Endochick had posted on her blog, Endometriosis: the silent life sentence, quite awhile ago in regards to the importance of diagnosis when you take into account all the various illnesses that can mimic the symptoms of endometriosis. In this case, Endochick had spoken of how her sister was suspected to have endometriosis but was actually diagnosed with cervical cancer. Not only does cervical cancer have similar symptoms as endo, but so do other gynaecological cancers (I have endometrial cancer and the symptoms are very similar, but ovarian cancer would also have similar signs. Other illnesses that have similar symptoms but different treatments would be pelvic adhesions, pelvic congestion syndrome, Poly-Cystic Ovarian Syndrome, and Interstitial Cystitis to name a few. Thus a diagnosis of endo is necessary in order to rule out other conditions and to receive the proper treatment.
The diagnosis of endo was very reassuring to me. It meant that after 10 years of being told that the pain was "more or less in my head" since no diagnostic imaging tests or bloodwork had ever shown anything of significance, that I was not making it all up and that there really was something wrong with me. If doctors had their way I'm sure I would have stopped complaining and given up years before this.
In my years of running the online support group, I have met several women who have been treated without a confirmed diagnosis of endo. A few of these women have been treated with the "harsher" endo treatments, including Lupron. I keep asking myself why on earth a doctor would recommend a chemotherapy agent to a patient without first having a confirmed diagnosis of something. I haven't yet arrived at any good explanations for this one. After all, if some of these treatments have very strong side effects which can last for years post-treatment, shouldn't there be a clear reason to take them?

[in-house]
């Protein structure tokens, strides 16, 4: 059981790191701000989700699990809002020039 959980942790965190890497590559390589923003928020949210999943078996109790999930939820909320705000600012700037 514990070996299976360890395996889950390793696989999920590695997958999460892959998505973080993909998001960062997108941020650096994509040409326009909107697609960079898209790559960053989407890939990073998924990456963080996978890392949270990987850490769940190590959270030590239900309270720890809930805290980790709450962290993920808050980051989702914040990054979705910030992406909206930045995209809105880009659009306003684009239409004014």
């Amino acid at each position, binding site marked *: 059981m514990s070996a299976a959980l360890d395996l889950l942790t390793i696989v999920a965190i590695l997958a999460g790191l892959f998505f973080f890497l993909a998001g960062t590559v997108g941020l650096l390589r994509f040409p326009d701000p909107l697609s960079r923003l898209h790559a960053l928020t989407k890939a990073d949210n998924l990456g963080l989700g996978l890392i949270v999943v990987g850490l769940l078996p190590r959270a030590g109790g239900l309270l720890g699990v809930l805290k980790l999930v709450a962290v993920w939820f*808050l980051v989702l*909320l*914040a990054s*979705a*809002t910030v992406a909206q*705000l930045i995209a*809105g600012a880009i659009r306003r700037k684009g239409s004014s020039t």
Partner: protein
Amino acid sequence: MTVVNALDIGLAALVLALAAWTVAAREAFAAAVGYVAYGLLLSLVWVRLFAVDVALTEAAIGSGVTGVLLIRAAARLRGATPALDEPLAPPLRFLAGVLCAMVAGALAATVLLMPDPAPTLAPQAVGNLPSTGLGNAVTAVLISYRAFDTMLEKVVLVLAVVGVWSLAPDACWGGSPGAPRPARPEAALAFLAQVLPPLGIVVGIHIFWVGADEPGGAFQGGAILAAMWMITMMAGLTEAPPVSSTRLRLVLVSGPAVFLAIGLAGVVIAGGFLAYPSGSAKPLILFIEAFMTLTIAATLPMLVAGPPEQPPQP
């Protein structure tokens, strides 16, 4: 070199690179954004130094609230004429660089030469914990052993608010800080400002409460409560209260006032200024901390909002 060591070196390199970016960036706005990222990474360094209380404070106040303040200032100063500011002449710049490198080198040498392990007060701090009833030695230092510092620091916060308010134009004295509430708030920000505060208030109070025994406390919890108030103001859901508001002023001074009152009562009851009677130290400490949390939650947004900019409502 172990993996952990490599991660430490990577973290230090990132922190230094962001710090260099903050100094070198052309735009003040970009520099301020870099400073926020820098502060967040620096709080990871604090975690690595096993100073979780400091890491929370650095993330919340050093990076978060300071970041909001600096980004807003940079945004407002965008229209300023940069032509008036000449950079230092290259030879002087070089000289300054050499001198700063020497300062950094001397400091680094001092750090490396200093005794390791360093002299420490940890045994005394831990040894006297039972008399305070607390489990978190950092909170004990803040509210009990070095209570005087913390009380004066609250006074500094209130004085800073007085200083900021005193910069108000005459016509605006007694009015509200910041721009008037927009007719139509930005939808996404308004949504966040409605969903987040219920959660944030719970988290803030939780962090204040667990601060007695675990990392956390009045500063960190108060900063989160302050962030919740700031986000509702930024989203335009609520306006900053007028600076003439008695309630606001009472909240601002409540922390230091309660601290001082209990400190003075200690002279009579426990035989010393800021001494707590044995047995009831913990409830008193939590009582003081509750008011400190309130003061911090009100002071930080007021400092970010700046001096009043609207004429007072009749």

Having a diagnosis is empowering to a woman. It means that the woman can begin to educate herself on the various aspects of the disease and can work alongside their doctor to come up with the best treatment option that suits them. I can't stress this last point enough, far too often women will blindly accept the "doctor knows best" philosophy of society. While yes, a doctor's opinion should always be considered for what it is, it's also important that it agrees with what the woman wants and desires. If a woman wants to try other options other than a hysterectomy, she deserves to have the other options presented to her and be supported in her decision. The knowledge that comes along with knowing how advanced your condition is, will also help you to plan which treatments you might be willing to try.
The diagnosis can seem overwhelming, after all it is life changing to finally be diagnosed with an illness that will last the rest of your life, but hopefully after reading this those who think that they may have this illness will rest assured that it will make their life a bit easier in the end just to know. Power seems to come with knowing in this case.